Gerard O'Regan: 'From crèches to Brexit, some problems almost pose too much of a test'
Sometimes problems come upon us which defy any kind of nice, neat solution. The unlikely mix of crèche care and Brexit are two such examples, where for one reason or another it's nigh impossible to get things right.
The latest exposé of some heart-rending practices in a Dublin crèche put a dagger through the heart of thousands of parents. It begged an answer to an old question. Is it possible for somebody - essentially a stranger - to properly care for young children who, in different circumstances, would be looked after by a parent or blood relation?
The RTÉ probe just might be a watershed of sorts.
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We now know Tusla's overseeing role, for legal and other reasons, is of minimum consolation. Unless the care provided is grievously deficient, and obviously so, there is little it can do.
Any child-minding service can camouflage much of what it does behind closed doors.
Babies and toddlers can be vulnerable to the whims, motivations and personality quirks of those who are paid to look after them.
It cannot be anything other than a hidden world. Often there is no guarantee - other than parental instinct - that crèche owners and minders are doing right by their child.
A natural inclination to think the best of things can mask situations where something is seriously wrong.
At the heart of the problem is money. Couples who desperately need a second income - or where either party wants to stay in the workforce for other reasons - have no option but to pay for a child-minding service.
The cost is way out of sync compared to typical take-home pay. Finance also figures in the thinking of crèche owners. They want to make as much profit as possible; that's why they are in the business. The temptation to cut back on costs - by employing the minimum number of staff as cheaply as possible - is ever present. As this latest investigation showed, watering down milk and buying cheaper food can boost the bottom line for what is a moneymaking concern for the owner.
Finance is also pivotal for the employees who work in this sector. In many cases pay hovers around the minimum wage.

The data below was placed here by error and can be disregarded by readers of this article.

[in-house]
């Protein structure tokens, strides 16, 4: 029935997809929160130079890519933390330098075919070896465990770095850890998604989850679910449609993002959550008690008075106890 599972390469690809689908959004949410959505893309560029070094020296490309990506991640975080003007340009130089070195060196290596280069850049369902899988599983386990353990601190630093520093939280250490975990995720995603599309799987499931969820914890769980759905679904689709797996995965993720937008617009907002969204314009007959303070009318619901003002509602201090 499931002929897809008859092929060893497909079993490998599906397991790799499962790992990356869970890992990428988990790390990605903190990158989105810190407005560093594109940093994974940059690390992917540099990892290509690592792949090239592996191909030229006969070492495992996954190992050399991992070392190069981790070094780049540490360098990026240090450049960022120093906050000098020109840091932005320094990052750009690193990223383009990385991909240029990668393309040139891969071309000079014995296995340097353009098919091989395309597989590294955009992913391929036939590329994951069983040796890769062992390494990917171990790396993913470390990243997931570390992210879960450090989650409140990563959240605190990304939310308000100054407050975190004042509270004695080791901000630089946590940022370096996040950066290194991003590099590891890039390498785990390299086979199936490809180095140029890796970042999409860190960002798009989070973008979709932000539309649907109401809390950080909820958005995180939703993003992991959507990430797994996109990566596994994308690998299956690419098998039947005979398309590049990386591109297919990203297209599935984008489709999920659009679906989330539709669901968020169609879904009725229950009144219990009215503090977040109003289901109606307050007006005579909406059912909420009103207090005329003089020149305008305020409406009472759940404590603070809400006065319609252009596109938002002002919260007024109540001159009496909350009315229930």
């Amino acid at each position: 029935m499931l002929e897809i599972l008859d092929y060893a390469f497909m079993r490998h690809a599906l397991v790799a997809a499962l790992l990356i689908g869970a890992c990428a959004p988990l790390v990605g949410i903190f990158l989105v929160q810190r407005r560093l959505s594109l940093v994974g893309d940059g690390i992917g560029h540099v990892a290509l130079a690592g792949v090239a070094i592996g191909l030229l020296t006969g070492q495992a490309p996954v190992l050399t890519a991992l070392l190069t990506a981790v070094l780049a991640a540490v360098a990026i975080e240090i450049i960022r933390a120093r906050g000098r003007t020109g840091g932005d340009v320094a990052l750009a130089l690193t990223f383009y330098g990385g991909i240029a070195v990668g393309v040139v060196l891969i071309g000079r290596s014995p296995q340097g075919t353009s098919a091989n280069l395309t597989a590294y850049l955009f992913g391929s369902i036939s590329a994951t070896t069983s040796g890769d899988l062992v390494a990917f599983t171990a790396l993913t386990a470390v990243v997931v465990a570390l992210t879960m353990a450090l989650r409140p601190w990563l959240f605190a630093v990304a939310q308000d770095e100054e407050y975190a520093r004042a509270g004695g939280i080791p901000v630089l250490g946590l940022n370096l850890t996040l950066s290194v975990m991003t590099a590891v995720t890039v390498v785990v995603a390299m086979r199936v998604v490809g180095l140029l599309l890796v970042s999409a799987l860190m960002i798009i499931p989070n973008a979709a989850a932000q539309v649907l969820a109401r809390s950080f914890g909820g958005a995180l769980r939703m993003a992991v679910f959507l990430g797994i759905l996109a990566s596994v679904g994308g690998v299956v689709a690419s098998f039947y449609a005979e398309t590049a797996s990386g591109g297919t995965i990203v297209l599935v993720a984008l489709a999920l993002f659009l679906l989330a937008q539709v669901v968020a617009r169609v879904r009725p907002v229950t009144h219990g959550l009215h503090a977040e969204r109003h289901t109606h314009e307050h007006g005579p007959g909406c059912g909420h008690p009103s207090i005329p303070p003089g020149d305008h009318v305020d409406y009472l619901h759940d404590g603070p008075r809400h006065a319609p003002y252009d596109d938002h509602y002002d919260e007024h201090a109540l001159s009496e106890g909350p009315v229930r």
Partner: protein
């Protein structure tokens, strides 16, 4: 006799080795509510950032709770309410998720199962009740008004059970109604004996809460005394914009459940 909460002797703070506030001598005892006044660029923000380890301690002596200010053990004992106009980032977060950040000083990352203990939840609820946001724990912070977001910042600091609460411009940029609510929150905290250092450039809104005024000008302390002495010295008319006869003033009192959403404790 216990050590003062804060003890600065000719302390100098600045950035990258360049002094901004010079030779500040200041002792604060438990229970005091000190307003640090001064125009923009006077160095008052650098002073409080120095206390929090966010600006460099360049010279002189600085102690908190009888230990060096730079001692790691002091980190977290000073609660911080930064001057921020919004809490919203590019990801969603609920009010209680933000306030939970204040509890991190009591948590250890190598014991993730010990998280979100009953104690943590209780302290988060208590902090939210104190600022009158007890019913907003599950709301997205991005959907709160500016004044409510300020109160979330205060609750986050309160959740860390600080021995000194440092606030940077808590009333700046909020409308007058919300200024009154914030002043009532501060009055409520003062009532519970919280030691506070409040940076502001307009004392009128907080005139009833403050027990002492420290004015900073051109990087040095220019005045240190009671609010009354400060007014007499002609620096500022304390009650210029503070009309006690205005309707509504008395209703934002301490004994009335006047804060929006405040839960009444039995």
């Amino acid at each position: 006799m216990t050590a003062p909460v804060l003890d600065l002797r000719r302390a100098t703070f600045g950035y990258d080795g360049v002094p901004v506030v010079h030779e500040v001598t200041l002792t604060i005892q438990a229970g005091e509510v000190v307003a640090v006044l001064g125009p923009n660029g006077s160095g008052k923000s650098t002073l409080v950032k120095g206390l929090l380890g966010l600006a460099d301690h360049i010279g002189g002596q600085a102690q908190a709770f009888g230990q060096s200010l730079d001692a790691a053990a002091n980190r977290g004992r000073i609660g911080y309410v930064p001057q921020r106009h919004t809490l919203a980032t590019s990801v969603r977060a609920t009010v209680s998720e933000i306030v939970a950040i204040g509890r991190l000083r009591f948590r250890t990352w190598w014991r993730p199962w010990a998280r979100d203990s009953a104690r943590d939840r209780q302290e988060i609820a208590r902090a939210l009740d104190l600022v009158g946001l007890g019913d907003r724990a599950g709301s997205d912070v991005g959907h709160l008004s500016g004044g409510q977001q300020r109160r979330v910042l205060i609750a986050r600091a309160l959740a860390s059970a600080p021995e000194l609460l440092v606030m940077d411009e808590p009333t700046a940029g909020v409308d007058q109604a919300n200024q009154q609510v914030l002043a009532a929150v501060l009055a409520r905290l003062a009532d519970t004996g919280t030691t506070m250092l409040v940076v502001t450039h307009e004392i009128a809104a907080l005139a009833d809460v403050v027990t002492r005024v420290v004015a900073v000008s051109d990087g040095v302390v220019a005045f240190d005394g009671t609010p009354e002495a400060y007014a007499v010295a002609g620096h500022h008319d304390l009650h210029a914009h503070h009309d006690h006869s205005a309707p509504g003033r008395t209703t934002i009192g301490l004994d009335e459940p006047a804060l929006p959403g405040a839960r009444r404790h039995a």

Other conditions of employment, such as pension provision, are largely non-existent. No wonder there is an alarmingly high turnover of under-motivated staff.
And cash is also central to the Government's approach to childcare. Direct State involvement would cost millions - so the private sector picks up the slack. There is now a most urgent need for Tusla's powers to be widened. Those found flouting basic guidelines should be brought to book - and their premises closed down. But some things will remain impossible to measure. The quality of care provide for an individual child - by somebody who is essentially functional in their lives - will always generate a lingering uncertainty.
Meanwhile, back in Brexit land Boris Johnson and his heavy gang say they will do down all who stand in their way. Maybe Johnson will cut the umbilical chord that binds the UK to the EU come his deadline date. Maybe he won't. For despite a level of bluster, akin to Trumpian braggadocio, he knows full well his immediate future hangs by a thread.
A post-Brexit vision includes a plummeting pound, businesses collapsing, job losses, medical supplies at risk and endless queues at Dover port. In the background are Welsh sheep farmers, blocking roads with their animals, as part of mass civil disobedience.
Varadkar and Coveney, courageously backed by Fianna Fáil leader Micheál Martin, are right to remain steadfast, despite misinformation, vitriol and personal insult. Our former ambassador to the UK, Bobby McDonagh, touched on the heart of the matter. "To say the Irish Government and the EU should abandon the backstop because of the UK crashing out is saying we should shoot ourselves in the left foot because somebody is threatening to shoot us in the right foot."
And he summarised the ultimate bottom line. The stance taken by Ireland and the EU is to protect 'the most important, difficult and successful peace process in modern history'.